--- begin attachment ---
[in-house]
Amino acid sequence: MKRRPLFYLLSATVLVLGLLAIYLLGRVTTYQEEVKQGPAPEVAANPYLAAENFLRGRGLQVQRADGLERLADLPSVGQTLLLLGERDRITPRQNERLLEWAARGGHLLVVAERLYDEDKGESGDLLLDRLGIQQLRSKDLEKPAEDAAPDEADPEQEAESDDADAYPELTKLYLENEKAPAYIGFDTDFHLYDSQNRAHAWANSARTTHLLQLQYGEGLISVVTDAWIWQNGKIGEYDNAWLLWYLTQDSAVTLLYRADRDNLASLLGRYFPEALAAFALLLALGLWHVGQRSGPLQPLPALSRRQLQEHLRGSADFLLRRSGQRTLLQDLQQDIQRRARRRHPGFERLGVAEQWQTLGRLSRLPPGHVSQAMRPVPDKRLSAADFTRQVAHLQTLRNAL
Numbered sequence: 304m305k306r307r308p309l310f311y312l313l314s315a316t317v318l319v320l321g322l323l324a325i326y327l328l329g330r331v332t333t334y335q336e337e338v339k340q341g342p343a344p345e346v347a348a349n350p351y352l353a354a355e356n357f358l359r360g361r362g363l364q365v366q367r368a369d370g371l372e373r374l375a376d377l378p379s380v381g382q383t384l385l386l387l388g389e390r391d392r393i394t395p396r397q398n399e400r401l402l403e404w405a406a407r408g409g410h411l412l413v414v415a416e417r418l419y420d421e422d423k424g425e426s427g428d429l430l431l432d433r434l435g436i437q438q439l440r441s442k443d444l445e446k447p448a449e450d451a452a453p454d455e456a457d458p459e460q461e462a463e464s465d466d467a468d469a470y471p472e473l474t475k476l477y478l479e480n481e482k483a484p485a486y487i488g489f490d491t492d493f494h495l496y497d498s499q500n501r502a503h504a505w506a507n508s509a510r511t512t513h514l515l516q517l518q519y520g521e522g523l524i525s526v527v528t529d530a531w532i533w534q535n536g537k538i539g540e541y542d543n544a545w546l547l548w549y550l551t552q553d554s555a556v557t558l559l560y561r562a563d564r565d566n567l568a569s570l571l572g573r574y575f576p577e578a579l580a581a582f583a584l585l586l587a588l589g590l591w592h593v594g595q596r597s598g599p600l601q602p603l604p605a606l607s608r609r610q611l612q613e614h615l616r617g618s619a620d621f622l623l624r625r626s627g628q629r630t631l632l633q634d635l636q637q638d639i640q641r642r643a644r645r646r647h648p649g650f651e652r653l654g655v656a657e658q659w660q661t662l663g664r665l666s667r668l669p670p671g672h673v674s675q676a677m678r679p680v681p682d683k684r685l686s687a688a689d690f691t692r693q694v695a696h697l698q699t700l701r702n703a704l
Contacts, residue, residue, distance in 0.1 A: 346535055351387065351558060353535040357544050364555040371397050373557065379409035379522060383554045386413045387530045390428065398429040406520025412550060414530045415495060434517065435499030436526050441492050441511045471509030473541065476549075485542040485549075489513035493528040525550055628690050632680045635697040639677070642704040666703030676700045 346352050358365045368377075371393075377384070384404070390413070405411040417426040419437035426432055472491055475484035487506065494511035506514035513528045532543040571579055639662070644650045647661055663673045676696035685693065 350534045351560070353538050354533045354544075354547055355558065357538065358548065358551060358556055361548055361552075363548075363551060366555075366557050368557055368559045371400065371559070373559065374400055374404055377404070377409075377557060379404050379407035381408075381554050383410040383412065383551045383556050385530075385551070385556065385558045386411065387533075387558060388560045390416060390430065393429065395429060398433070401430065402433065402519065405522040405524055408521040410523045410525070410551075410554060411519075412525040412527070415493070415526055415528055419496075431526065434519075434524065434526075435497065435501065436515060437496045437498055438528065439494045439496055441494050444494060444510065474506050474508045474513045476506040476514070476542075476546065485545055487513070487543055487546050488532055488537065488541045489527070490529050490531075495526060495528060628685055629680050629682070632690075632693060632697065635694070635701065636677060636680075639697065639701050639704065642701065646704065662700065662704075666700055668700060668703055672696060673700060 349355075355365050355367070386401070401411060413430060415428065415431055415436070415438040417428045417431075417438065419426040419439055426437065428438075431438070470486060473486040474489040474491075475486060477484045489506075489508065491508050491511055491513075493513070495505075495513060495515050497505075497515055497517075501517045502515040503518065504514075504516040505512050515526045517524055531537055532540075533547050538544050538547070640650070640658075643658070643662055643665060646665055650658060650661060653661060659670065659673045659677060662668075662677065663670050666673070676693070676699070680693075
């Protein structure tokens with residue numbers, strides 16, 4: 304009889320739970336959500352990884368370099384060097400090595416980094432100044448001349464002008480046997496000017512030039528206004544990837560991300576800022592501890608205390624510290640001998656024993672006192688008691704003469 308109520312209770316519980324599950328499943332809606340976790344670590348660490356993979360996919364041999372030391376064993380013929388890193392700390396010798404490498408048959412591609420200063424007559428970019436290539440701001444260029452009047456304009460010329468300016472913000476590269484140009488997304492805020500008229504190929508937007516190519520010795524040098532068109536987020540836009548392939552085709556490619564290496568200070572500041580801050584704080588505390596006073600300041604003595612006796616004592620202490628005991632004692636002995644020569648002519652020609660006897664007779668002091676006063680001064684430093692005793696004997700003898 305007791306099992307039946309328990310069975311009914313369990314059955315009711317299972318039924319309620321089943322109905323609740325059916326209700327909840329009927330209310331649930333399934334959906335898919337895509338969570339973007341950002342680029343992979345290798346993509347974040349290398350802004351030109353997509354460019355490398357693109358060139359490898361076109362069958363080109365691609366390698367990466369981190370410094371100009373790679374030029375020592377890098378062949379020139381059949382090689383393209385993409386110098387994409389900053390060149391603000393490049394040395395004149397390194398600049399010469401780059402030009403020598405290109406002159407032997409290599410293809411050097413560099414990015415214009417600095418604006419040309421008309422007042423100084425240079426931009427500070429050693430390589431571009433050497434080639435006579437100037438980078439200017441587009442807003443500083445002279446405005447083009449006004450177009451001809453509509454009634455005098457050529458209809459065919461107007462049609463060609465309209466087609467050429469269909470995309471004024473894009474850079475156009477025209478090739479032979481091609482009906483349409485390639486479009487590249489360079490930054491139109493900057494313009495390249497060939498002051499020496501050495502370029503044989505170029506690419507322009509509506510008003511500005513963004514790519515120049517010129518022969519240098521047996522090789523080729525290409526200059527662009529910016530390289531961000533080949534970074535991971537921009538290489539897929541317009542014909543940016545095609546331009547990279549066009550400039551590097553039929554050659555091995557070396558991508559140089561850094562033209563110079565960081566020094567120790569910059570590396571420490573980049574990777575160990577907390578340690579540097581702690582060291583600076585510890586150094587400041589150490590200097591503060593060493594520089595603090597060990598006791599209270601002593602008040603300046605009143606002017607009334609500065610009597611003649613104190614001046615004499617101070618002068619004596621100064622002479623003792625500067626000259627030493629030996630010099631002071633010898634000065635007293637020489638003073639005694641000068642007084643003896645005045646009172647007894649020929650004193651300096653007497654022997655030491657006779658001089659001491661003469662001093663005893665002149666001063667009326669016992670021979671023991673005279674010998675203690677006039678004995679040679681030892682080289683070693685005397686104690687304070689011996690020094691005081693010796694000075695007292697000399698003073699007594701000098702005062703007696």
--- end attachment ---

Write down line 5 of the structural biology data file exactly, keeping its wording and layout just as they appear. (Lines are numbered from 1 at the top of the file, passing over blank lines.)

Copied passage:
């Protein structure tokens with residue numbers, strides 16, 4: 304009889320739970336959500352990884368370099384060097400090595416980094432100044448001349464002008480046997496000017512030039528206004544990837560991300576800022592501890608205390624510290640001998656024993672006192688008691704003469 308109520312209770316519980324599950328499943332809606340976790344670590348660490356993979360996919364041999372030391376064993380013929388890193392700390396010798404490498408048959412591609420200063424007559428970019436290539440701001444260029452009047456304009460010329468300016472913000476590269484140009488997304492805020500008229504190929508937007516190519520010795524040098532068109536987020540836009548392939552085709556490619564290496568200070572500041580801050584704080588505390596006073600300041604003595612006796616004592620202490628005991632004692636002995644020569648002519652020609660006897664007779668002091676006063680001064684430093692005793696004997700003898 305007791306099992307039946309328990310069975311009914313369990314059955315009711317299972318039924319309620321089943322109905323609740325059916326209700327909840329009927330209310331649930333399934334959906335898919337895509338969570339973007341950002342680029343992979345290798346993509347974040349290398350802004351030109353997509354460019355490398357693109358060139359490898361076109362069958363080109365691609366390698367990466369981190370410094371100009373790679374030029375020592377890098378062949379020139381059949382090689383393209385993409386110098387994409389900053390060149391603000393490049394040395395004149397390194398600049399010469401780059402030009403020598405290109406002159407032997409290599410293809411050097413560099414990015415214009417600095418604006419040309421008309422007042423100084425240079426931009427500070429050693430390589431571009433050497434080639435006579437100037438980078439200017441587009442807003443500083445002279446405005447083009449006004450177009451001809453509509454009634455005098457050529458209809459065919461107007462049609463060609465309209466087609467050429469269909470995309471004024473894009474850079475156009477025209478090739479032979481091609482009906483349409485390639486479009487590249489360079490930054491139109493900057494313009495390249497060939498002051499020496501050495502370029503044989505170029506690419507322009509509506510008003511500005513963004514790519515120049517010129518022969519240098521047996522090789523080729525290409526200059527662009529910016530390289531961000533080949534970074535991971537921009538290489539897929541317009542014909543940016545095609546331009547990279549066009550400039551590097553039929554050659555091995557070396558991508559140089561850094562033209563110079565960081566020094567120790569910059570590396571420490573980049574990777575160990577907390578340690579540097581702690582060291583600076585510890586150094587400041589150490590200097591503060593060493594520089595603090597060990598006791599209270601002593602008040603300046605009143606002017607009334609500065610009597611003649613104190614001046615004499617101070618002068619004596621100064622002479623003792625500067626000259627030493629030996630010099631002071633010898634000065635007293637020489638003073639005694641000068642007084643003896645005045646009172647007894649020929650004193651300096653007497654022997655030491657006779658001089659001491661003469662001093663005893665002149666001063667009326669016992670021979671023991673005279674010998675203690677006039678004995679040679681030892682080289683070693685005397686104690687304070689011996690020094691005081693010796694000075695007292697000399698003073699007594701000098702005062703007696």